Human Rights In Chile: Issues still pending

José Zalaquett

José Zalaquett

Head of the Project at MOOC Chile
Lawyer, Universidad de Chile. Doctor Honoris Causa, by the Universities of Notre Dame and City University of New York.
José Zalaquett

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For the last 25 Chile has been ruled by freely elected civilian government, following 17 years of military dictatorship. With respect to the human rights violations committed by the dictatorship measures of truth-telling, memory preservation, acknowledgment, reparations, and criminal justice have been implemented. Progress has been gradual and without drawbacks. Yet, there have been periods of stagnation.

Opinion polls show that the Chilean public does not accord great importance to human rights issues, except when there is a major scandal. The latter is the situation nowadays because of dramatic revelations by a lowly soldier who participated in the 1986 attack against two youngsters who were protesting against the government — Rodrigo Rojas, who died, and Carmen Gloria Quintana, who was severely injured, They are known as the “burnt ones”. The soldier revealed that they did not catch fire accidentally but were doused with gas and set afire by the lieutenant in charge of the platoon. The soldier said he spoke out of a conscientious mandate. A second soldier, also present in the incident, subsequently ratified his version.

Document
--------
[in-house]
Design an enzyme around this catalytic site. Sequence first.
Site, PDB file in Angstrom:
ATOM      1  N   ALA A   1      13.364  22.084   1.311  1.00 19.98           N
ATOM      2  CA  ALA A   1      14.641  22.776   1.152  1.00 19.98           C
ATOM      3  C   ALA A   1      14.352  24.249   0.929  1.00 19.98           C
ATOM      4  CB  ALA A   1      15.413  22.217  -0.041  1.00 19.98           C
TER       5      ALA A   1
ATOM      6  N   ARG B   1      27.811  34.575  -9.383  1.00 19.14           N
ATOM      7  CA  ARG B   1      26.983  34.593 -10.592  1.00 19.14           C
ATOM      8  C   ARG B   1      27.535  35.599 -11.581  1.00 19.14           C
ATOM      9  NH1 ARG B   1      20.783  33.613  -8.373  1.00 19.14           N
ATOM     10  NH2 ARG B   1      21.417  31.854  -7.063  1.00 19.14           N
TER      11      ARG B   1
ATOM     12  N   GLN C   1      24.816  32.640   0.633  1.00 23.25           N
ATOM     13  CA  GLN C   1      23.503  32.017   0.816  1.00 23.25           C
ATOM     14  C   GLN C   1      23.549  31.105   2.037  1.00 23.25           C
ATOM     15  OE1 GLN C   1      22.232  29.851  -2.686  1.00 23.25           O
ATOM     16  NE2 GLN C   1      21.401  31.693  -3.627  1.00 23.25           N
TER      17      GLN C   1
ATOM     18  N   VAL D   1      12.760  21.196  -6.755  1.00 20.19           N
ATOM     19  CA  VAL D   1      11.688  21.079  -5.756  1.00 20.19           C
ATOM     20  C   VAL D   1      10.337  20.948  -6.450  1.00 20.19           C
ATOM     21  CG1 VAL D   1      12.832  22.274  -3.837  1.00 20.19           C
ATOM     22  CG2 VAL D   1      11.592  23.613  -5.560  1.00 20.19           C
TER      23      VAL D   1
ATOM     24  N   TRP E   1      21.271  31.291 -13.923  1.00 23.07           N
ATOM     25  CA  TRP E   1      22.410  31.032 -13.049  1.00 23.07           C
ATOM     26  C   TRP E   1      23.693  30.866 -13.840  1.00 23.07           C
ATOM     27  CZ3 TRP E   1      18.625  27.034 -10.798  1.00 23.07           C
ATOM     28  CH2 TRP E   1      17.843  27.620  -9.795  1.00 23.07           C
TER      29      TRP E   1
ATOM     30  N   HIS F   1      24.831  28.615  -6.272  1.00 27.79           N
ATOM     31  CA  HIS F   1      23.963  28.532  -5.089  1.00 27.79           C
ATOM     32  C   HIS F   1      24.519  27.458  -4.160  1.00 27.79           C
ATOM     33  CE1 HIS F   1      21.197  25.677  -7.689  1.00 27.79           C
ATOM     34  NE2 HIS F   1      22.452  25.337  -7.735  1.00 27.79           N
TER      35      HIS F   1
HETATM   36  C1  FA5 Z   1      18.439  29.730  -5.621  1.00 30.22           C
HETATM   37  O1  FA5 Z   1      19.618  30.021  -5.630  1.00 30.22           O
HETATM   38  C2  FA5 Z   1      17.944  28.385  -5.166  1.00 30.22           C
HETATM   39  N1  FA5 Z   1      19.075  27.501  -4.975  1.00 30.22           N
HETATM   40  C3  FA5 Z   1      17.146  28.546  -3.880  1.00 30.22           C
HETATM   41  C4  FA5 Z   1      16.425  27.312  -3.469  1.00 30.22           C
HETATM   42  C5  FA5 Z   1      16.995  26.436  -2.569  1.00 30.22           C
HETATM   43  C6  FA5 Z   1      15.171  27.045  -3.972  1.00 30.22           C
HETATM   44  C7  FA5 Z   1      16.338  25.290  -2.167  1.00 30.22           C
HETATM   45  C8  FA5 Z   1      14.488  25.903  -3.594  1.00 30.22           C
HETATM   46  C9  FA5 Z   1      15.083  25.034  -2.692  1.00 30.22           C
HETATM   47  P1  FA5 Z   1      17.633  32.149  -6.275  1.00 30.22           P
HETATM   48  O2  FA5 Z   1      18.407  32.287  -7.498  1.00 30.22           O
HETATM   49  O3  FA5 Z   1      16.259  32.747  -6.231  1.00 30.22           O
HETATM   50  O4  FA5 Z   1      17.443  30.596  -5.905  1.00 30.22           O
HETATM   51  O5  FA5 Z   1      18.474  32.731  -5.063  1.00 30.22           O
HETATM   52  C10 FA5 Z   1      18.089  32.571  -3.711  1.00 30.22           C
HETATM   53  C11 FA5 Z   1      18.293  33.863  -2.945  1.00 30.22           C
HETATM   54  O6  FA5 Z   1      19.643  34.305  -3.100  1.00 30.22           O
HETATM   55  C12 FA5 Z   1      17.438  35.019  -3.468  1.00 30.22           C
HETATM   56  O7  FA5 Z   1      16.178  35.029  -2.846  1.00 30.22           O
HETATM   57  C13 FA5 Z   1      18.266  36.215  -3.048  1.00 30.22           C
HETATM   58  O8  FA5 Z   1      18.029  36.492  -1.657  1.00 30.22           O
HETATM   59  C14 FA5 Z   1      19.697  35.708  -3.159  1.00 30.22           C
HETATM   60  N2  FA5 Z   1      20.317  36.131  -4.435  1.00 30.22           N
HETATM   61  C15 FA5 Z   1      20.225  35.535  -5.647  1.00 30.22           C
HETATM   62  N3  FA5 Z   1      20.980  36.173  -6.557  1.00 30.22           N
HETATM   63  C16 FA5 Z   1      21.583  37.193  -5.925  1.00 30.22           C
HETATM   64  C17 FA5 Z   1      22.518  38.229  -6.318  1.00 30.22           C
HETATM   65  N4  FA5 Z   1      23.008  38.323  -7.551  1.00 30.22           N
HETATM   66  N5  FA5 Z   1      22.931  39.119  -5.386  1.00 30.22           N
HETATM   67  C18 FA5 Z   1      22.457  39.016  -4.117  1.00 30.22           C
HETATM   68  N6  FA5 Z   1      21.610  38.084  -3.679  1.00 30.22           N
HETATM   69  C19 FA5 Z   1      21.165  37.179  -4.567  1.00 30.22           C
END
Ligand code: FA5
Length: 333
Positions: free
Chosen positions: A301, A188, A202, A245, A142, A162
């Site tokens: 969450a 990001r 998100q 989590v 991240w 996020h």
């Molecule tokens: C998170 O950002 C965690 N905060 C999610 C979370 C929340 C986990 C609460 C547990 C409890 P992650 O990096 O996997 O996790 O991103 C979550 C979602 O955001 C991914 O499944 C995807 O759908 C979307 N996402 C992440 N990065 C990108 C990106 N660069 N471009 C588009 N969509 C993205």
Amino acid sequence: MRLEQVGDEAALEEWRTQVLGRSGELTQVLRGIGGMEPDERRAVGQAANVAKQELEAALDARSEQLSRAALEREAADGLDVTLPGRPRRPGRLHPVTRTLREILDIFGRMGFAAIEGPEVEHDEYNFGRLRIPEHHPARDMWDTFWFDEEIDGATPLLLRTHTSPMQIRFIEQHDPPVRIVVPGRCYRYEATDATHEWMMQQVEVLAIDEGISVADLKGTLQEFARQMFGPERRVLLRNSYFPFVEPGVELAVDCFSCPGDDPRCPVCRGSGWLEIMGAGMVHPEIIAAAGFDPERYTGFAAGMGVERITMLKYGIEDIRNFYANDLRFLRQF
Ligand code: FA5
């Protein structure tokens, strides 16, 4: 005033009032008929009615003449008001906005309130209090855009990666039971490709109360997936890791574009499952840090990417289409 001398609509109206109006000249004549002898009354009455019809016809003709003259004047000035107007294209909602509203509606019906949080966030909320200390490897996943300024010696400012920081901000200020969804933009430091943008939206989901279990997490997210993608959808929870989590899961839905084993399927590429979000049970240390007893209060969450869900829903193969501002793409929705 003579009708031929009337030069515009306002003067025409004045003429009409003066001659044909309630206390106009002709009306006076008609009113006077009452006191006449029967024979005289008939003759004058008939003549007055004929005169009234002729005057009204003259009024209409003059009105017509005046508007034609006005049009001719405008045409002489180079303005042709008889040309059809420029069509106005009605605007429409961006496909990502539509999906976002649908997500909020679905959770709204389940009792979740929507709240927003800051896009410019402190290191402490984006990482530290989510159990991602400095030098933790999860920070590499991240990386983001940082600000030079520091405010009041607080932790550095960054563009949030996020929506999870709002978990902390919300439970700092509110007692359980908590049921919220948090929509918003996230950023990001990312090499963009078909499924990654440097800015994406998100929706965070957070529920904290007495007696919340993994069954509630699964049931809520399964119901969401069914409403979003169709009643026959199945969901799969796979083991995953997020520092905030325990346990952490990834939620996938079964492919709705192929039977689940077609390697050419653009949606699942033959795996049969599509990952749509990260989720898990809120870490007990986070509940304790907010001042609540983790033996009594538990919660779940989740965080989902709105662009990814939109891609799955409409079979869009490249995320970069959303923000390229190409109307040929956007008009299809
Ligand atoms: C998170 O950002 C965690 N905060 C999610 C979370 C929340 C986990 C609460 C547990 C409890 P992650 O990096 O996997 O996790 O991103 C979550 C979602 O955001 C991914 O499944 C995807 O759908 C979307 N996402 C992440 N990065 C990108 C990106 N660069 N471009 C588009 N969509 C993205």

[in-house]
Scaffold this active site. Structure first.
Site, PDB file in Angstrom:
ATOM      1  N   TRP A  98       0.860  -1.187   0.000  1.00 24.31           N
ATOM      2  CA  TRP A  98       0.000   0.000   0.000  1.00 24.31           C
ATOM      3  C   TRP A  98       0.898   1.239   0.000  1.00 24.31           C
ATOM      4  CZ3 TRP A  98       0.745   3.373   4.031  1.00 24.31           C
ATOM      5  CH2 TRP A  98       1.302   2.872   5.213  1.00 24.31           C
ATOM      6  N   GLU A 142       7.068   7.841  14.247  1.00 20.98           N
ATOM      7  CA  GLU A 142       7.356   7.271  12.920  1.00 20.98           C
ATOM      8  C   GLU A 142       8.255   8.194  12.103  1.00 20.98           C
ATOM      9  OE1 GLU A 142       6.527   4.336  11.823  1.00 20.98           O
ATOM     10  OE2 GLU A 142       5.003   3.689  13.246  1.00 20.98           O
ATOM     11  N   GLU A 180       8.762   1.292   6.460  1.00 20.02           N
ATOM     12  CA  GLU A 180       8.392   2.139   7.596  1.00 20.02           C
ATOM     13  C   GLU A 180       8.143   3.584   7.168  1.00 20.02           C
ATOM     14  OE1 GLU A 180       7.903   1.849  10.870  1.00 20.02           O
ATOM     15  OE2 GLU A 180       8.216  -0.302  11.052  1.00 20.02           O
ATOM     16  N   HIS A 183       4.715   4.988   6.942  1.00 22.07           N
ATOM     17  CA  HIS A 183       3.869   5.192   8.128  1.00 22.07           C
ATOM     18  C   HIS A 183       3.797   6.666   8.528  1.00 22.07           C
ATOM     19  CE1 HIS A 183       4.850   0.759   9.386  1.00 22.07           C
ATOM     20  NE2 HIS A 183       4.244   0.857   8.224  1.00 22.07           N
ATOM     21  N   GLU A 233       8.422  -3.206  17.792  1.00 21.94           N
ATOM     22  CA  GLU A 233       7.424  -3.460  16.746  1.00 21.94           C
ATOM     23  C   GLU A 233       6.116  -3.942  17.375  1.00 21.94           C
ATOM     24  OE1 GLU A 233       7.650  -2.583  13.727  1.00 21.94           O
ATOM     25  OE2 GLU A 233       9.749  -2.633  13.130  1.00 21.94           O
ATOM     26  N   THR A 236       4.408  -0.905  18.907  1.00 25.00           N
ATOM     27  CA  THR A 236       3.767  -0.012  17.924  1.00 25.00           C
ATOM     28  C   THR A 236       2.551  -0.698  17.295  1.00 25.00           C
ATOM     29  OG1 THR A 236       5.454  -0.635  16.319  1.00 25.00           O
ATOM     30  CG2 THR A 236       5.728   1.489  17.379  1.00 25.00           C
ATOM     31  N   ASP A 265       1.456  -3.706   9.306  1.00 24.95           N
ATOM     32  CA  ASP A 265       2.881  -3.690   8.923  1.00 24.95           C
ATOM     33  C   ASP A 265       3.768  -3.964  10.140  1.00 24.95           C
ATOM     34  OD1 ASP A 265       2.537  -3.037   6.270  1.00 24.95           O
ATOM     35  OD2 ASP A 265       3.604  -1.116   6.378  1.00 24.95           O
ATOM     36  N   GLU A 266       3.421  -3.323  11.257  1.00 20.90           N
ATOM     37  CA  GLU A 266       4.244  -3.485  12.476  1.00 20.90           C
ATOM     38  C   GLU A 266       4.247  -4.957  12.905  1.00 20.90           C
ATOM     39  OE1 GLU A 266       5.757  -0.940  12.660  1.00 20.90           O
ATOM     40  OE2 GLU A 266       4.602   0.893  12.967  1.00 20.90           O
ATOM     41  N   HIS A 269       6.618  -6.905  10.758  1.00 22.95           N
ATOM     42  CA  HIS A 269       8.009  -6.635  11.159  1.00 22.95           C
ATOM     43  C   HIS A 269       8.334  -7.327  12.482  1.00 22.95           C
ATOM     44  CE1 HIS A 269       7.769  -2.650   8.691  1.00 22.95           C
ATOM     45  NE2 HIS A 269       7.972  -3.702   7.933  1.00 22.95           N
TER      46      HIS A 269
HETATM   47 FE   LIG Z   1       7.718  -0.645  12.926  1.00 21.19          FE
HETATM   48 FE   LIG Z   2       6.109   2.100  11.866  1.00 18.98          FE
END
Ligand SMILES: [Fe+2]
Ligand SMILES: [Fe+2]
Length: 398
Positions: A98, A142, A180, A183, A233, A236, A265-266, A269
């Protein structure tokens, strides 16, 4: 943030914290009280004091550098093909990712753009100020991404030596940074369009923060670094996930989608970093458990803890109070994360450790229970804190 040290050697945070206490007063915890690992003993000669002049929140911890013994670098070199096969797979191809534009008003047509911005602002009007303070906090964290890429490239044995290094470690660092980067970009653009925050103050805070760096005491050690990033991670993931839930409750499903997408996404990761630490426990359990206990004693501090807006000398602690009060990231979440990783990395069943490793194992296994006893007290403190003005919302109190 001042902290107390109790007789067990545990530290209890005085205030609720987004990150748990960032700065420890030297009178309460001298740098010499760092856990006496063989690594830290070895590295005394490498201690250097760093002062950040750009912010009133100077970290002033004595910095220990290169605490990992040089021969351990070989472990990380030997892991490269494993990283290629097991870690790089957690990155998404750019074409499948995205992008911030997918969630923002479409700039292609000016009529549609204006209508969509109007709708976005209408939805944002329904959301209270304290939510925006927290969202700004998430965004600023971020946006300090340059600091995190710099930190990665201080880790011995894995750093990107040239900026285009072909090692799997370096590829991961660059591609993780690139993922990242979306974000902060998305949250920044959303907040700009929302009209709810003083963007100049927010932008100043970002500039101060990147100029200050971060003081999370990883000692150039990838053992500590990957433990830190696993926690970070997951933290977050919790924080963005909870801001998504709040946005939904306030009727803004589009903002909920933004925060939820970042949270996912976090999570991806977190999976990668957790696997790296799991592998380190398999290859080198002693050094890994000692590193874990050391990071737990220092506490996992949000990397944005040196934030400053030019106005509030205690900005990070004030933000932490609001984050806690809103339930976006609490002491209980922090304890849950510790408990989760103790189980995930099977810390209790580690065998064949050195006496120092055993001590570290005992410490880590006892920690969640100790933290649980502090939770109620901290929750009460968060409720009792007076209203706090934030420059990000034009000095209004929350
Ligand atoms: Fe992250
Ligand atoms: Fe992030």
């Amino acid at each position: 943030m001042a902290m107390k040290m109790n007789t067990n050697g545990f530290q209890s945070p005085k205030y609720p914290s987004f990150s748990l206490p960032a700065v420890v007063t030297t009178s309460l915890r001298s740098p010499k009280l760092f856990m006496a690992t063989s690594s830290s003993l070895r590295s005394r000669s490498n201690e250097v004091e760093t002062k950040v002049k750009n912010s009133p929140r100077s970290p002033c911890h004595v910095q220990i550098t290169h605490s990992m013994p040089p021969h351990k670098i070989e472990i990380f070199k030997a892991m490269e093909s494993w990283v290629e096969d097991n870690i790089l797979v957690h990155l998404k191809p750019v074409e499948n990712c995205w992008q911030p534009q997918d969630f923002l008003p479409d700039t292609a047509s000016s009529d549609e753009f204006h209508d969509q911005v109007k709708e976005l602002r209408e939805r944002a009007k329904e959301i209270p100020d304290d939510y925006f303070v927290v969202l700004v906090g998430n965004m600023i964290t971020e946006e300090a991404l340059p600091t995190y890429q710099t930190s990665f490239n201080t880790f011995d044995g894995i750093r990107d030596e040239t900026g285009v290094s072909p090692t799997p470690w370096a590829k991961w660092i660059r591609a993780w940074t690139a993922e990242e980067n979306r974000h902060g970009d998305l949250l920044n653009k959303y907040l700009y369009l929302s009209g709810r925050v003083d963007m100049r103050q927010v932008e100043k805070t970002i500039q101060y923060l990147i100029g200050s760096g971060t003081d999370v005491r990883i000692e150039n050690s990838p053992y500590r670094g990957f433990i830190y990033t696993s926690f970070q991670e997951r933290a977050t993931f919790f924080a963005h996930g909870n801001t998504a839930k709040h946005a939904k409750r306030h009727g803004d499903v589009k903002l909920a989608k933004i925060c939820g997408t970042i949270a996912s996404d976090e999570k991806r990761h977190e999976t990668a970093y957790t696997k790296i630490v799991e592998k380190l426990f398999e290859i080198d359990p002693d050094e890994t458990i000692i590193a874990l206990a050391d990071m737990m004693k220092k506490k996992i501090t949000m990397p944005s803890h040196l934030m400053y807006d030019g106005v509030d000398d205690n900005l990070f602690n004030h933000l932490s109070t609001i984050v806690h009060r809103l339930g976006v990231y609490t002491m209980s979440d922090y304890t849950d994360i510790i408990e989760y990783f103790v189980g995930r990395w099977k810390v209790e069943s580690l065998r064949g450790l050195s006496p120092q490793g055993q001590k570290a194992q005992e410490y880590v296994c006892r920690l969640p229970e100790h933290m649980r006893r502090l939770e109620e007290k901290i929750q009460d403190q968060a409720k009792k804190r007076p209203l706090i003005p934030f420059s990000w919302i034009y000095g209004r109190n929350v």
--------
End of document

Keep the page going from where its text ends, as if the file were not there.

These revelations have provoked the following questions:

1. ¿Wouldn’t it be necessary to lift the 50 years embargo imposed on the transcripts of testimonies given by victims of torture before the 2004 Commission on Political Imprisonment and Torture (nicknamed the Valech Commission)? The response is that such embargo was established to protect the privacy of victims, not to benefit the perpetrators. Victims are free to testify before the courts or wherever they please, as a majority of them has done. Besides, their embargoed statements do not contain much information about wrongdoers. One possible solution to address this concern would be that some authority (a judge, for instance) is given power to examine the embargoed documentation and to send to competent tribunals whatever information about perpetrators might be found.

2. Ought not the military disposable for grave human rights violations be downgraded? Downgrading is a penalty. It may only be applied by a court of law, following a fair trial.

3. How to break what has been termed “a pact of silence” of the military? In my opinion, a pact presupposes an agreement between or among equals. Yet, in this case as in many others, there was a superior order to keep mum or to lie. Further, in 2003 the then president Ricardo Lagos proposed to grant immunity in exchange for the truth to those who had not committed crimes against humanity or war crimes, and to punish them if they didn’t. Such proposal recognized that not every military man who violated human rights committed a crime against humanity, notwithstanding their participation in an act that constitutes a criminal offense. However, this proposal was opposed by some politicians who supported his government.

Anyway, it is important to remember that the standard for how to deal with past human rights violations ought to be to do whatever is humanly possible to investigate them, grant reparations to victims and bring the perpetrators to justice.

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